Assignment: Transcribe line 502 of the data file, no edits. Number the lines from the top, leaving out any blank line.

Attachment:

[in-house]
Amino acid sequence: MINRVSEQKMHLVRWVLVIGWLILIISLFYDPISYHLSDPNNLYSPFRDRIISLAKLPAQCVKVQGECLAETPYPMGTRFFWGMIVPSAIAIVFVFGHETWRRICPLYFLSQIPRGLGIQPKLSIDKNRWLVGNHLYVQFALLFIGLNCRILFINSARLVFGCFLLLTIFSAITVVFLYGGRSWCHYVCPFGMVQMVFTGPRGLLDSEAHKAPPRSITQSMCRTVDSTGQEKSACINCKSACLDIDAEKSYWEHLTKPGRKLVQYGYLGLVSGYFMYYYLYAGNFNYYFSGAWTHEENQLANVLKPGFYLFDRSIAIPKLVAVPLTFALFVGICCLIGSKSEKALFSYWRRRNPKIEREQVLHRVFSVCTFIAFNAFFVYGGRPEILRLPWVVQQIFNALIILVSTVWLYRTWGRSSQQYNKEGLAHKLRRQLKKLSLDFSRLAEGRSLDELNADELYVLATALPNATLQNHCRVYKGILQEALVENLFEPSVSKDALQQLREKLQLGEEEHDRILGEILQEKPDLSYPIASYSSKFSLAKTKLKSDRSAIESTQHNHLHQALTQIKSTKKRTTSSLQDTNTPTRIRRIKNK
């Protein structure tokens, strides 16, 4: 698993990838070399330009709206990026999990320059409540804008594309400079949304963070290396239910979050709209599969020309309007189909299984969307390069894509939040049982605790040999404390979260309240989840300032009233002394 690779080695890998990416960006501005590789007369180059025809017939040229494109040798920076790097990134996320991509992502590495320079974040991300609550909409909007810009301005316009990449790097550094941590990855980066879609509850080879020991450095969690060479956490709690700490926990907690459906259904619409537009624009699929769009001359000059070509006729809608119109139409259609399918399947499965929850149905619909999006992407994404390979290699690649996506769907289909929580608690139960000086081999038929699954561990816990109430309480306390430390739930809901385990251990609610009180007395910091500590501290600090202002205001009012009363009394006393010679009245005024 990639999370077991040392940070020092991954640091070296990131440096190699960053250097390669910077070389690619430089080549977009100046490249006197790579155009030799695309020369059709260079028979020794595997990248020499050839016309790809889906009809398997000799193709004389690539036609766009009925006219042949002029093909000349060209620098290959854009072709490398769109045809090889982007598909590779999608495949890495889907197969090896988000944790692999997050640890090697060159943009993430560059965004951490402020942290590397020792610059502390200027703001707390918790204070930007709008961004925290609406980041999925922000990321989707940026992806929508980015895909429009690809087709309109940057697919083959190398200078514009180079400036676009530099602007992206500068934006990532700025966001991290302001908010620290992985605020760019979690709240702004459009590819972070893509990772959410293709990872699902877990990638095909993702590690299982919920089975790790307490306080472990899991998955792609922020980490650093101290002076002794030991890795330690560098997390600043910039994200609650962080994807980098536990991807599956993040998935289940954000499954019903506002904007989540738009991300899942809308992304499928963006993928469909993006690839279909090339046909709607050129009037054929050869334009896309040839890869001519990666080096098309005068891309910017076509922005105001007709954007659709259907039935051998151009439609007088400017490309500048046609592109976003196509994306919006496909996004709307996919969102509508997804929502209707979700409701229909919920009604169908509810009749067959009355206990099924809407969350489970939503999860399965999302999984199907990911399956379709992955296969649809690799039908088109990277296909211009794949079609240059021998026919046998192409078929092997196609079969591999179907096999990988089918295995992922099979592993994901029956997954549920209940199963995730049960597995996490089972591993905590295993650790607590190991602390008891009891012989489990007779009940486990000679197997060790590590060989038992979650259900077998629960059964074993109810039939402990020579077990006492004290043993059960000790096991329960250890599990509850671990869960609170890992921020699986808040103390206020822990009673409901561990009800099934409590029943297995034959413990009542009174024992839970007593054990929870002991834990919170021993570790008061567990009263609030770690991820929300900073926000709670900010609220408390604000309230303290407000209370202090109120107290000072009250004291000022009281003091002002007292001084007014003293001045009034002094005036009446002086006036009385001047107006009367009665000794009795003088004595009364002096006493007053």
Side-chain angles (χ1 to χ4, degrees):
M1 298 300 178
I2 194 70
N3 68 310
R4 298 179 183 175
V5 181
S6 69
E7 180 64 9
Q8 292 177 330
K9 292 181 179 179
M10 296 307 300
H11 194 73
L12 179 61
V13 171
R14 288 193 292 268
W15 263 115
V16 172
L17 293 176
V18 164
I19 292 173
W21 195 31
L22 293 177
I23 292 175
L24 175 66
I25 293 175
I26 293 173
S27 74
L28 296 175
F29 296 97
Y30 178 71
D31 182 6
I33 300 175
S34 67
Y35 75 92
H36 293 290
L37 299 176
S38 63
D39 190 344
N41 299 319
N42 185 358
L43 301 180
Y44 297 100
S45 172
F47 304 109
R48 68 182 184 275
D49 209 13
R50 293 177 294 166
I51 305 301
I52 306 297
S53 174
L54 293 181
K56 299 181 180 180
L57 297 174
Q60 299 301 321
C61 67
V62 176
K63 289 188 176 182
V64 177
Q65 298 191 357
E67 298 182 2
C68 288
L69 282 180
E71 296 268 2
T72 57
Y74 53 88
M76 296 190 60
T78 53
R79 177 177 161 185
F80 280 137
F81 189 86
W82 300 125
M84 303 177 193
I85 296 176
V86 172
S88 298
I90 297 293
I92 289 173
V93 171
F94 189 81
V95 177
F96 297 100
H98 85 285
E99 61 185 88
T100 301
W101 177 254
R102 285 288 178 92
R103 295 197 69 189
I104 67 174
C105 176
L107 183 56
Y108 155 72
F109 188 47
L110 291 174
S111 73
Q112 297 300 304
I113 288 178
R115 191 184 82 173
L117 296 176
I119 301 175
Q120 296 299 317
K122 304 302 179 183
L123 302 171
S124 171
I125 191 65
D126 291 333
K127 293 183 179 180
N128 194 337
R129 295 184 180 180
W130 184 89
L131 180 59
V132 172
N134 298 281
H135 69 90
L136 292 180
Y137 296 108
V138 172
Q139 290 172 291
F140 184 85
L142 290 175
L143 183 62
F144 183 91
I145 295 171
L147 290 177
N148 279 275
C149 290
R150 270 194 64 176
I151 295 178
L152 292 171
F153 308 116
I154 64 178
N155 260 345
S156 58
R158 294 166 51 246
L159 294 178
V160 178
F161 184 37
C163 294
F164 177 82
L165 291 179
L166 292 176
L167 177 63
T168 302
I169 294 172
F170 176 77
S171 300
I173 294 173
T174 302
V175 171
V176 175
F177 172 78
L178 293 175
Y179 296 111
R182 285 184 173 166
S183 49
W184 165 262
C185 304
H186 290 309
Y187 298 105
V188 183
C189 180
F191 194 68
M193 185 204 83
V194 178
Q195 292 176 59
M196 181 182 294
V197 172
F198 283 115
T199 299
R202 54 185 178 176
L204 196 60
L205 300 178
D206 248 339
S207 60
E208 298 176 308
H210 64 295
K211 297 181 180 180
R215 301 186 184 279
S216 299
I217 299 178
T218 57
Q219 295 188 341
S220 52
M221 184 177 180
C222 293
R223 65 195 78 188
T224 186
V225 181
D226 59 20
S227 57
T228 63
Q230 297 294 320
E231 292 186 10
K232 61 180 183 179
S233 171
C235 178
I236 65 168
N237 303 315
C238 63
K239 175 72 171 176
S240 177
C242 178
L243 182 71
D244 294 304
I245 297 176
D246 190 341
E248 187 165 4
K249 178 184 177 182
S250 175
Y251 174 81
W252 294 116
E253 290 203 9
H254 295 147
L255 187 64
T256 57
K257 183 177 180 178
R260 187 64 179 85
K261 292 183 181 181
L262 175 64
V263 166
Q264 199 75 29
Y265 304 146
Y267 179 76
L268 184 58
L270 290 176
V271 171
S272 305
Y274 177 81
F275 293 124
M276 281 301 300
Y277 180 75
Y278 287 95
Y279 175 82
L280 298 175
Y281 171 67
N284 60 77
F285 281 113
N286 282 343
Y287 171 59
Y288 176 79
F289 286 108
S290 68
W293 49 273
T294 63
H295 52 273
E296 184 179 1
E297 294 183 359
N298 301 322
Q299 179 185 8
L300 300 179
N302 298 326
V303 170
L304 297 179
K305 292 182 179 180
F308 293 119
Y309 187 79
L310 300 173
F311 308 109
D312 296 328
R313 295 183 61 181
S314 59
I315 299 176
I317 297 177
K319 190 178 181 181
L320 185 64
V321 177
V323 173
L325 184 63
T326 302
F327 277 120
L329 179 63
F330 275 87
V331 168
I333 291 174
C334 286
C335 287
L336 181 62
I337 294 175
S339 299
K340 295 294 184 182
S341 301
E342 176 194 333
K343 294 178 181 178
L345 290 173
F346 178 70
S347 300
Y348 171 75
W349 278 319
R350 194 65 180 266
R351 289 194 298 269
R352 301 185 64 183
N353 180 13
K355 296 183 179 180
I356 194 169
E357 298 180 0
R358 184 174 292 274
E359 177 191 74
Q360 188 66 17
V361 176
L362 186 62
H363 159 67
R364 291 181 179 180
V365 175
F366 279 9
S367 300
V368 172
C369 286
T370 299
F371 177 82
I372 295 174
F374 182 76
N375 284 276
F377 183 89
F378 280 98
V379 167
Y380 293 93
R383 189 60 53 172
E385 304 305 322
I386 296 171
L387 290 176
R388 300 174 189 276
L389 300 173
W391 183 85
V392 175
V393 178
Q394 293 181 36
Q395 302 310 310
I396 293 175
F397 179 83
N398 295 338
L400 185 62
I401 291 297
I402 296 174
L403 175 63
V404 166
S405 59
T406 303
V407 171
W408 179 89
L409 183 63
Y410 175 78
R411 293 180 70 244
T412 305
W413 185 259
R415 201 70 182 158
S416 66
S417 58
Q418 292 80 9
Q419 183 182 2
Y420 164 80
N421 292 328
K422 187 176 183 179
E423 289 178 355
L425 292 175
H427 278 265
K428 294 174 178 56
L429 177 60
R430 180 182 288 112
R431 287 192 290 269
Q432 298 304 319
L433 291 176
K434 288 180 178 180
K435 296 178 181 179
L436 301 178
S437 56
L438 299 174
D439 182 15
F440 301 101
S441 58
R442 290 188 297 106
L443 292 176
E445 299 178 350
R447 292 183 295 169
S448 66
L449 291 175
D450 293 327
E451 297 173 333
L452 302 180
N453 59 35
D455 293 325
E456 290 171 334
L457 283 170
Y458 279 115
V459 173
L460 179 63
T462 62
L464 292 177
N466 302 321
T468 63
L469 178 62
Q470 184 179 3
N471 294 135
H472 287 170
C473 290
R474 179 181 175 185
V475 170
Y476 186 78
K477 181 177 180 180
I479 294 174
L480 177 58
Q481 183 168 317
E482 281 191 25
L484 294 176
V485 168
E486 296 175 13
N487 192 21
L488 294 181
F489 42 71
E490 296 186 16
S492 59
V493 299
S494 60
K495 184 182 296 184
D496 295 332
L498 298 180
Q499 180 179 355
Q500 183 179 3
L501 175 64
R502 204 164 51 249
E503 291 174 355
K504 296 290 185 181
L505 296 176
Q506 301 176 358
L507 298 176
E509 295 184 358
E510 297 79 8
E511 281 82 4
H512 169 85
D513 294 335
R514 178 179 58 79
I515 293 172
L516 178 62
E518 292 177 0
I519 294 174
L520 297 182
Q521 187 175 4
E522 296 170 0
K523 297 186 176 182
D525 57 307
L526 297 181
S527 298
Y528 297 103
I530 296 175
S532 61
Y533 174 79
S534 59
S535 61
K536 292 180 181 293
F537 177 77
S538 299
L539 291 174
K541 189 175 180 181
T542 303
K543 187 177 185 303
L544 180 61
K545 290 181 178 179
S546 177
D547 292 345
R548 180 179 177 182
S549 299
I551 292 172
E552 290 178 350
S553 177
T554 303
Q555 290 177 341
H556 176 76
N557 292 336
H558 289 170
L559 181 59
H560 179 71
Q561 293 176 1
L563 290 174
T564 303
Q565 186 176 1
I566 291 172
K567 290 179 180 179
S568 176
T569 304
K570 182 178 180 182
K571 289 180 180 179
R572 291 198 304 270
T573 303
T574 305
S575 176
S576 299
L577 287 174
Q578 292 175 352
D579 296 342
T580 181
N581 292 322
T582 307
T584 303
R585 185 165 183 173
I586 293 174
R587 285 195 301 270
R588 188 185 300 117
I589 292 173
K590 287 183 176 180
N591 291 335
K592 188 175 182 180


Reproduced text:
K592 188 175 182 180